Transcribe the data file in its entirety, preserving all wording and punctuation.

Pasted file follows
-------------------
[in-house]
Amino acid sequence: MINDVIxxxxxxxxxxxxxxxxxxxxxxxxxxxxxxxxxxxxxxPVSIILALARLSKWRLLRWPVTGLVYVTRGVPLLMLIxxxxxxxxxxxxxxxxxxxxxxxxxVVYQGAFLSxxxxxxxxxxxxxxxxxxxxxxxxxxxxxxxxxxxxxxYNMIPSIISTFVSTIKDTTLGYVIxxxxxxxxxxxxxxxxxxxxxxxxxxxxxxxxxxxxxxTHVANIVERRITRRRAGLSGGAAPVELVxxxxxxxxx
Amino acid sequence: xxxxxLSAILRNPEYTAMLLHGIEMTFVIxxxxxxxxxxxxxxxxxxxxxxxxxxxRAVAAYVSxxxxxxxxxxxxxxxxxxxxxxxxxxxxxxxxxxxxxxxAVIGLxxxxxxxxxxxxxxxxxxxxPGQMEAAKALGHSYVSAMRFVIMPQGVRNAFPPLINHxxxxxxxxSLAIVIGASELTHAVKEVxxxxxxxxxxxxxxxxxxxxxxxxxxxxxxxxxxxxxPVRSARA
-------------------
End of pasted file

[in-house]
Amino acid sequence: MINDVIxxxxxxxxxxxxxxxxxxxxxxxxxxxxxxxxxxxxxxPVSIILALARLSKWRLLRWPVTGLVYVTRGVPLLMLIxxxxxxxxxxxxxxxxxxxxxxxxxVVYQGAFLSxxxxxxxxxxxxxxxxxxxxxxxxxxxxxxxxxxxxxxYNMIPSIISTFVSTIKDTTLGYVIxxxxxxxxxxxxxxxxxxxxxxxxxxxxxxxxxxxxxxTHVANIVERRITRRRAGLSGGAAPVELVxxxxxxxxx
Amino acid sequence: xxxxxLSAILRNPEYTAMLLHGIEMTFVIxxxxxxxxxxxxxxxxxxxxxxxxxxxRAVAAYVSxxxxxxxxxxxxxxxxxxxxxxxxxxxxxxxxxxxxxxxAVIGLxxxxxxxxxxxxxxxxxxxxPGQMEAAKALGHSYVSAMRFVIMPQGVRNAFPPLINHxxxxxxxxSLAIVIGASELTHAVKEVxxxxxxxxxxxxxxxxxxxxxxxxxxxxxxxxxxxxxPVRSARA